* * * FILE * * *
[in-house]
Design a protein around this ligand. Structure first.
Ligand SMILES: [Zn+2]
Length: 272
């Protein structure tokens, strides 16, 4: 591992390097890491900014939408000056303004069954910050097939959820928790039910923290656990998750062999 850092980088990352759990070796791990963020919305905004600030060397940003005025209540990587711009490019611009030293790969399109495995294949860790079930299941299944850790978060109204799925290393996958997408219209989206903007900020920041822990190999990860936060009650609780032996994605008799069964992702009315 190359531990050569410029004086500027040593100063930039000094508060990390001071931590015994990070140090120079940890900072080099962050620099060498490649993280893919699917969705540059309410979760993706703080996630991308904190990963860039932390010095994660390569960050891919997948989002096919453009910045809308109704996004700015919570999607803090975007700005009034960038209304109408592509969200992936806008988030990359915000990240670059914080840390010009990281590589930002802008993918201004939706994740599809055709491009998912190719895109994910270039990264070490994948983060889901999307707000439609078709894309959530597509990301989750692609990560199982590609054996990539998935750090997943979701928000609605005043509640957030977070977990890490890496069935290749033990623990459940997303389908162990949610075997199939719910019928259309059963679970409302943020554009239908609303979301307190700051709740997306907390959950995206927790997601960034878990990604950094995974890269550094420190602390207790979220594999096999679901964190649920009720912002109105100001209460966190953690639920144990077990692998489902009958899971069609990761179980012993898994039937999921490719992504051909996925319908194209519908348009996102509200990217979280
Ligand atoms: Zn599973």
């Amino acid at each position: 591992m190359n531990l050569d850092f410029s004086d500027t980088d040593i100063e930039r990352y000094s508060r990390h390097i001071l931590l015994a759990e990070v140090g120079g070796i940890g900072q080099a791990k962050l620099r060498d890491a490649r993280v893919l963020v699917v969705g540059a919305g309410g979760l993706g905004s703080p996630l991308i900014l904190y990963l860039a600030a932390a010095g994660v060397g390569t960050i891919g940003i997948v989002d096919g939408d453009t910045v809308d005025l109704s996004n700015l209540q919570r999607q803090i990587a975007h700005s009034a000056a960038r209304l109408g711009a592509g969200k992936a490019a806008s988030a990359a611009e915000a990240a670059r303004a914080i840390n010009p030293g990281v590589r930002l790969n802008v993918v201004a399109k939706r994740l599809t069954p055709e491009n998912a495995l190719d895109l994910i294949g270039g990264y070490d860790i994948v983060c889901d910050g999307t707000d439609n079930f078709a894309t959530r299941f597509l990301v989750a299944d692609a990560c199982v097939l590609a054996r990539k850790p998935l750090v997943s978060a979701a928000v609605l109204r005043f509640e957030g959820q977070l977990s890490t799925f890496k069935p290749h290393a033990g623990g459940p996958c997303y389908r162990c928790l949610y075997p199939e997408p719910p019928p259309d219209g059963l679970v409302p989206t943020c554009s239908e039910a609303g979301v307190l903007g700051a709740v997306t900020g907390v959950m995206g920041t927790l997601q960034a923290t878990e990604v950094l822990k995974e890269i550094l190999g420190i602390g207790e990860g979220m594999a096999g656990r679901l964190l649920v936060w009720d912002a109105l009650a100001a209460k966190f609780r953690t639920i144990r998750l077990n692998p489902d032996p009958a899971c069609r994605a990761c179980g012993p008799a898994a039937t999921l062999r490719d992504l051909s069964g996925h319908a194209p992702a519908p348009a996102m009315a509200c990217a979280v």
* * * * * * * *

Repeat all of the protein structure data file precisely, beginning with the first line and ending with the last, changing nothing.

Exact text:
[in-house]
Design a protein around this ligand. Structure first.
Ligand SMILES: [Zn+2]
Length: 272
């Protein structure tokens, strides 16, 4: 591992390097890491900014939408000056303004069954910050097939959820928790039910923290656990998750062999 850092980088990352759990070796791990963020919305905004600030060397940003005025209540990587711009490019611009030293790969399109495995294949860790079930299941299944850790978060109204799925290393996958997408219209989206903007900020920041822990190999990860936060009650609780032996994605008799069964992702009315 190359531990050569410029004086500027040593100063930039000094508060990390001071931590015994990070140090120079940890900072080099962050620099060498490649993280893919699917969705540059309410979760993706703080996630991308904190990963860039932390010095994660390569960050891919997948989002096919453009910045809308109704996004700015919570999607803090975007700005009034960038209304109408592509969200992936806008988030990359915000990240670059914080840390010009990281590589930002802008993918201004939706994740599809055709491009998912190719895109994910270039990264070490994948983060889901999307707000439609078709894309959530597509990301989750692609990560199982590609054996990539998935750090997943979701928000609605005043509640957030977070977990890490890496069935290749033990623990459940997303389908162990949610075997199939719910019928259309059963679970409302943020554009239908609303979301307190700051709740997306907390959950995206927790997601960034878990990604950094995974890269550094420190602390207790979220594999096999679901964190649920009720912002109105100001209460966190953690639920144990077990692998489902009958899971069609990761179980012993898994039937999921490719992504051909996925319908194209519908348009996102509200990217979280
Ligand atoms: Zn599973």
């Amino acid at each position: 591992m190359n531990l050569d850092f410029s004086d500027t980088d040593i100063e930039r990352y000094s508060r990390h390097i001071l931590l015994a759990e990070v140090g120079g070796i940890g900072q080099a791990k962050l620099r060498d890491a490649r993280v893919l963020v699917v969705g540059a919305g309410g979760l993706g905004s703080p996630l991308i900014l904190y990963l860039a600030a932390a010095g994660v060397g390569t960050i891919g940003i997948v989002d096919g939408d453009t910045v809308d005025l109704s996004n700015l209540q919570r999607q803090i990587a975007h700005s009034a000056a960038r209304l109408g711009a592509g969200k992936a490019a806008s988030a990359a611009e915000a990240a670059r303004a914080i840390n010009p030293g990281v590589r930002l790969n802008v993918v201004a399109k939706r994740l599809t069954p055709e491009n998912a495995l190719d895109l994910i294949g270039g990264y070490d860790i994948v983060c889901d910050g999307t707000d439609n079930f078709a894309t959530r299941f597509l990301v989750a299944d692609a990560c199982v097939l590609a054996r990539k850790p998935l750090v997943s978060a979701a928000v609605l109204r005043f509640e957030g959820q977070l977990s890490t799925f890496k069935p290749h290393a033990g623990g459940p996958c997303y389908r162990c928790l949610y075997p199939e997408p719910p019928p259309d219209g059963l679970v409302p989206t943020c554009s239908e039910a609303g979301v307190l903007g700051a709740v997306t900020g907390v959950m995206g920041t927790l997601q960034a923290t878990e990604v950094l822990k995974e890269i550094l190999g420190i602390g207790e990860g979220m594999a096999g656990r679901l964190l649920v936060w009720d912002a109105l009650a100001a209460k966190f609780r953690t639920i144990r998750l077990n692998p489902d032996p009958a899971c069609r994605a990761c179980g012993p008799a898994a039937t999921l062999r490719d992504l051909s069964g996925h319908a194209p992702a519908p348009a996102m009315a509200c990217a979280v």